KATY, Texas — Practicing good hygiene is an important aspect of one’s life, especially when it comes to preventing the spread of infections and diseases. According to the CDC, many diseases are spread through improper washing of areas like the hands, face and body. Basic acts of hygiene, such as frequent use of soap, handwashing and bathing, can largely prevent the spread of infections and diseases. However, practicing good hygiene is difficult in many countries due to a lack of clean water and a lack of soap.
Keeping Hands Clean
UNICEF states that “handwashing with soap before meals and after toilet use” is one of the most effective factors in preventing childhood diseases and infections. This could save the lives of “1.4 million children” from “dying from largely preventable diseases like pneumonia and diarrhoea.” Pneumonia is one of the leading causes of death in children ages 5 years and younger.
Further study into the effects of handwashing shows that washing before meals and after toilet usage becomes a daily routine, it reduces infection rates by 40%. However, in many countries where infection rates are high due to a lack of soap and handwashing, people consider soap a luxury and often an expensive item to buy. People tend to use it only for washing clothes and dishes.
Because soap and handwashing practices are a constant presence in many lives, people can easily take both for granted. In other countries that do not have ready, or inexpensive access to soap to practice good hygiene, those in need become largely dependent on the donations of others. One such way that companies and individuals donate soap is through the process of soap recycling.
Soap recycling is the process of taking lightly used soap bars from hotels and repurposing them into new soap bars that are then distributed to communities and families in need. The soap recycling process involves two different options: scraping the top off or recasting the soap entirely. The recycled soap does not contain bacteria from its previous uses and proves to be just as effective in its purpose in comparison to soap that comes ready in wrapped packages.
Hotels are one of the largest users and buyers of soap. With hotels, however, people use many of the complimentary soaps in their room only a couple of times or not at all. Regardless, the hotels must replace the soap every time a new guest occupies a room. This leaves millions of hardly used soaps, which are still largely whole and usable, in landfills every day. Many non-governmental organizations have taken note of the waste and have made it their mission to provide another option for how hotels can discard their used soaps and give them to those in need of it.
Bubbles Saving Lives: Sapocycle
Dorothée Schiesser founded Sapocycle, an NGO based in Switzerland, in September 2014. It is one such NGO that saw the need for good hygienic practices and soap. Schiesser became “sensitized” to good hygiene practices when living in Cameroon for a time with her husband. She became acquainted with waste management practices while living in Switzerland, a country with a policy for waste management.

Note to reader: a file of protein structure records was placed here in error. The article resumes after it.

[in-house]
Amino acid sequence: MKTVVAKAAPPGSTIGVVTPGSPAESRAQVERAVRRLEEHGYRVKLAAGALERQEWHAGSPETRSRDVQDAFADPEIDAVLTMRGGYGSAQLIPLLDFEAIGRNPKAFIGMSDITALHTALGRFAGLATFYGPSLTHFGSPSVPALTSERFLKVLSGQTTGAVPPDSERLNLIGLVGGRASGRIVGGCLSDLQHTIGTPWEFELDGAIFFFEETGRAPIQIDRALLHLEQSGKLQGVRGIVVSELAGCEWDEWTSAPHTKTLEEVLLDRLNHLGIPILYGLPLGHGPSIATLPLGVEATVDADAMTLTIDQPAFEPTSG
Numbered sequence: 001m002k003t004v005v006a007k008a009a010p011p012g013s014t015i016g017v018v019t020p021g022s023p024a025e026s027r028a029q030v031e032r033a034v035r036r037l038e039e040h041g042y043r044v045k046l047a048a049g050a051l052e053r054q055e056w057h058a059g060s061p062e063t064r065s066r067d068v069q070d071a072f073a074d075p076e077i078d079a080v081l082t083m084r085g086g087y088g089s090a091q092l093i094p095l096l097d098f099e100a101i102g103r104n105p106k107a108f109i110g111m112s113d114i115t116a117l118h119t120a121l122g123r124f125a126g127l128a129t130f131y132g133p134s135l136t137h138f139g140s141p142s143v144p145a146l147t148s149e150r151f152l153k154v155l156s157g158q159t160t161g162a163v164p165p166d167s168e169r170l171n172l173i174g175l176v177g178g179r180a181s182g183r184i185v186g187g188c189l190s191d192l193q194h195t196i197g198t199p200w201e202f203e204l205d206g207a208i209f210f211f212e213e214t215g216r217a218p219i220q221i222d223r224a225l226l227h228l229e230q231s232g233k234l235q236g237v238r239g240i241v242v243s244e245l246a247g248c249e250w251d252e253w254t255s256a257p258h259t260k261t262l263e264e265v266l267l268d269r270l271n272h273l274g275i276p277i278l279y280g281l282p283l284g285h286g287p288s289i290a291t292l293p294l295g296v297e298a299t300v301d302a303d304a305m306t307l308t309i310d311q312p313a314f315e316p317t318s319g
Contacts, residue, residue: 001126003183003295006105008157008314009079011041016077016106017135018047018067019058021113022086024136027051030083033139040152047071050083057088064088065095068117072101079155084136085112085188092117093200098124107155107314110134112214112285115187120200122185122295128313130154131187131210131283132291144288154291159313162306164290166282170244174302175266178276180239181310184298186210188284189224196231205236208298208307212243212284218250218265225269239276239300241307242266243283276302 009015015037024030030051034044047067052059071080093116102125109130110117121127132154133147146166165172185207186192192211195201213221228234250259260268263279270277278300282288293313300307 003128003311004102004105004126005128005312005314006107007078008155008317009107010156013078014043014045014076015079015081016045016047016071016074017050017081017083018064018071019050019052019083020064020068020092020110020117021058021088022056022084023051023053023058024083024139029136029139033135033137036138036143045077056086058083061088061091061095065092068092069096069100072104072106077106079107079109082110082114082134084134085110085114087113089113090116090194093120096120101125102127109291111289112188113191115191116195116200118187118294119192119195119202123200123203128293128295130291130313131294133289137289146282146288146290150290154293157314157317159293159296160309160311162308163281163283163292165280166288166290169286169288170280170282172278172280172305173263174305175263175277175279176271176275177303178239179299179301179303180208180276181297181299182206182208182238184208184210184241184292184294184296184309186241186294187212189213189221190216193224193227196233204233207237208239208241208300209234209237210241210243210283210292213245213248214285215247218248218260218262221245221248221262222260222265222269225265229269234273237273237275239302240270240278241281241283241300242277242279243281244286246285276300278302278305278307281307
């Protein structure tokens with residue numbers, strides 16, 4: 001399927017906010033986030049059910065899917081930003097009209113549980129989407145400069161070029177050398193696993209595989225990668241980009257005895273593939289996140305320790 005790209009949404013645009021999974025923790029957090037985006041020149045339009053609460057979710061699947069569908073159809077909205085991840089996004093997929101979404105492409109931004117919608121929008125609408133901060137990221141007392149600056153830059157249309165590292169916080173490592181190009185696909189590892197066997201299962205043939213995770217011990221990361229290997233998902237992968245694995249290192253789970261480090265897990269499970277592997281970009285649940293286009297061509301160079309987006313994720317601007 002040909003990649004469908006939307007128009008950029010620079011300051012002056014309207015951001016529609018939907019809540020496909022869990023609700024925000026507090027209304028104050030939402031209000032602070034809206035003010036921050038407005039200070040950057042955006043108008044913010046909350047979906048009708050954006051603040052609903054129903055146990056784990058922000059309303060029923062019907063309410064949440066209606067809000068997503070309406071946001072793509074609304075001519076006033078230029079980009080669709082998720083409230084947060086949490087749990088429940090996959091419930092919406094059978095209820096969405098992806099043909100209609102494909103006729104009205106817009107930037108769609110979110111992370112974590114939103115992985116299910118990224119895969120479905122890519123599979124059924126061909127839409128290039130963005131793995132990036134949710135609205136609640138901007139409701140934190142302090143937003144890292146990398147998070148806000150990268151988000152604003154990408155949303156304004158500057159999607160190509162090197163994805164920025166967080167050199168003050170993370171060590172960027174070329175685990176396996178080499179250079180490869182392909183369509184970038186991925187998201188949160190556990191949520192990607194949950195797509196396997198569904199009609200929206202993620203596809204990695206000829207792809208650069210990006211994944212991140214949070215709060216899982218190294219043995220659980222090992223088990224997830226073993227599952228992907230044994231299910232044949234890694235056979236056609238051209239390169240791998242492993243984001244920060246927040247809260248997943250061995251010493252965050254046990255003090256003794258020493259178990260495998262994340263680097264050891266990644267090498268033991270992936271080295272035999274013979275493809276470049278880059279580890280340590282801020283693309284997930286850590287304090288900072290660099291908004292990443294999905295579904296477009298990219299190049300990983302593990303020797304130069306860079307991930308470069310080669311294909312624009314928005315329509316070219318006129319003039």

As of 2021, Sapocycle has partnered with 235 hotels based in countries such as France, Switzerland and Monaco in order to collect their discarded soaps and bring them to their recycling facilities. In an interview with The Borgen Project, Schiesser states that she found it was easy to recycle soap in one’s home. The process can easily be done in a microwave. This prompted the idea to implement it on a bigger scale. “I wanted to give back to my own community,” Schiesser said.
Sapocycle makes its recycling machinery completely from recycled kitchen equipment, leaning into the environmentally friendly angle that the company has also adopted to reduce the carbon footprint. Additionally, it hires a staff of many people from the disabled community in Switzerland.
Sapocycle delivers its recycled soaps first to NGOs working in a specific country. They then deliver the soaps to the families and communities in need. Schiesser said, “it was very important that when we give soap somewhere; we want them to arrive in the hands of the people we help.” Sapocycle has given largely to refugee camps in Greece, Croatia and Madagascar. Also in accordance with their desire to give back and help their community, Schiesser further added that “the rest of the soap in Switzerland and in France stays in the country for the people in need in the country itself.”
According to UNICEF, good hygiene alone could save 800 children per day. With the large quantities of soap being discarded daily, the work that NGOs such as Sapocycle take on becomes more important in addressing the basic hygienic needs for those that may not have the money or resources to meet those needs.
Soap and hand washing are easy ways to prevent diseases and infections that can take a child’s life before the age of 5. With the climate of COVID-19, however, many are opening their eyes to the importance of good hygienic practices in everyday life.
– Grace Ingles